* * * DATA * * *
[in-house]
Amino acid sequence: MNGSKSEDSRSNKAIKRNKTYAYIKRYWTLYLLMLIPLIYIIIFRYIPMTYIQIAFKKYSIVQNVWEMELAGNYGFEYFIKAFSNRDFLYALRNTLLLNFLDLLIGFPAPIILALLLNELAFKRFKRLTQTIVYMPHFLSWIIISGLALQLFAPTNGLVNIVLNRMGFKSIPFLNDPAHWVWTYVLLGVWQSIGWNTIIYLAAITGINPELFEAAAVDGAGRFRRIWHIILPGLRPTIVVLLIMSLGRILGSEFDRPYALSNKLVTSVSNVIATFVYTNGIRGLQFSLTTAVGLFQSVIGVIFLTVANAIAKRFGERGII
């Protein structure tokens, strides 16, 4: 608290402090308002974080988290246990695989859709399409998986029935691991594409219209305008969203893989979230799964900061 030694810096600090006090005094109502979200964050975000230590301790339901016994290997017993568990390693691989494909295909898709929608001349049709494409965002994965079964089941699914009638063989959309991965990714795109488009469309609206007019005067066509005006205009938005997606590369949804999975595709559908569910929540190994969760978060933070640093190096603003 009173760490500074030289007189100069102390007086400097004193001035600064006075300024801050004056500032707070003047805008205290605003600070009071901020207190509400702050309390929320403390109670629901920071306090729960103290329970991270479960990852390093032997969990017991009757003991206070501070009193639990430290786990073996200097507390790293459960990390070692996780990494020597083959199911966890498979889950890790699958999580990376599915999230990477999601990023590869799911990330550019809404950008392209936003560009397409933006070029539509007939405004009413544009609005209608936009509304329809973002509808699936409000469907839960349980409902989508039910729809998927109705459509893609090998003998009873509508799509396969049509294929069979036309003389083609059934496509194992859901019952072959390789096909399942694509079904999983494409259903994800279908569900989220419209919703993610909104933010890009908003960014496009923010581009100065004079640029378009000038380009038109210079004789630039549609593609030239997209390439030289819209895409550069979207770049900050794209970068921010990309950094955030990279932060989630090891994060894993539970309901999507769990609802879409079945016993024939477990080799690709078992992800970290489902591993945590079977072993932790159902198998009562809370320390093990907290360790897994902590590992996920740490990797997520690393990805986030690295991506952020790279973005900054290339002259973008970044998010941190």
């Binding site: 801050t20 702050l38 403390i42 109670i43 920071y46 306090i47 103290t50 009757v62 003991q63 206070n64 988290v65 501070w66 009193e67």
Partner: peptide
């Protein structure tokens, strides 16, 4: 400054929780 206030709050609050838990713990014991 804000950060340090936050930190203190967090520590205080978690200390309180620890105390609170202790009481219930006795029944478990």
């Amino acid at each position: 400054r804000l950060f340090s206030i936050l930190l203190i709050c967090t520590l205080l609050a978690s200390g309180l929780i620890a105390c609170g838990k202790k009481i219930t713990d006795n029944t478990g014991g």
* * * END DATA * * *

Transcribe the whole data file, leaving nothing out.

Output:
[in-house]
Amino acid sequence: MNGSKSEDSRSNKAIKRNKTYAYIKRYWTLYLLMLIPLIYIIIFRYIPMTYIQIAFKKYSIVQNVWEMELAGNYGFEYFIKAFSNRDFLYALRNTLLLNFLDLLIGFPAPIILALLLNELAFKRFKRLTQTIVYMPHFLSWIIISGLALQLFAPTNGLVNIVLNRMGFKSIPFLNDPAHWVWTYVLLGVWQSIGWNTIIYLAAITGINPELFEAAAVDGAGRFRRIWHIILPGLRPTIVVLLIMSLGRILGSEFDRPYALSNKLVTSVSNVIATFVYTNGIRGLQFSLTTAVGLFQSVIGVIFLTVANAIAKRFGERGII
């Protein structure tokens, strides 16, 4: 608290402090308002974080988290246990695989859709399409998986029935691991594409219209305008969203893989979230799964900061 030694810096600090006090005094109502979200964050975000230590301790339901016994290997017993568990390693691989494909295909898709929608001349049709494409965002994965079964089941699914009638063989959309991965990714795109488009469309609206007019005067066509005006205009938005997606590369949804999975595709559908569910929540190994969760978060933070640093190096603003 009173760490500074030289007189100069102390007086400097004193001035600064006075300024801050004056500032707070003047805008205290605003600070009071901020207190509400702050309390929320403390109670629901920071306090729960103290329970991270479960990852390093032997969990017991009757003991206070501070009193639990430290786990073996200097507390790293459960990390070692996780990494020597083959199911966890498979889950890790699958999580990376599915999230990477999601990023590869799911990330550019809404950008392209936003560009397409933006070029539509007939405004009413544009609005209608936009509304329809973002509808699936409000469907839960349980409902989508039910729809998927109705459509893609090998003998009873509508799509396969049509294929069979036309003389083609059934496509194992859901019952072959390789096909399942694509079904999983494409259903994800279908569900989220419209919703993610909104933010890009908003960014496009923010581009100065004079640029378009000038380009038109210079004789630039549609593609030239997209390439030289819209895409550069979207770049900050794209970068921010990309950094955030990279932060989630090891994060894993539970309901999507769990609802879409079945016993024939477990080799690709078992992800970290489902591993945590079977072993932790159902198998009562809370320390093990907290360790897994902590590992996920740490990797997520690393990805986030690295991506952020790279973005900054290339002259973008970044998010941190």
């Binding site: 801050t20 702050l38 403390i42 109670i43 920071y46 306090i47 103290t50 009757v62 003991q63 206070n64 988290v65 501070w66 009193e67």
Partner: peptide
């Protein structure tokens, strides 16, 4: 400054929780 206030709050609050838990713990014991 804000950060340090936050930190203190967090520590205080978690200390309180620890105390609170202790009481219930006795029944478990």
């Amino acid at each position: 400054r804000l950060f340090s206030i936050l930190l203190i709050c967090t520590l205080l609050a978690s200390g309180l929780i620890a105390c609170g838990k202790k009481i219930t713990d006795n029944t478990g014991g």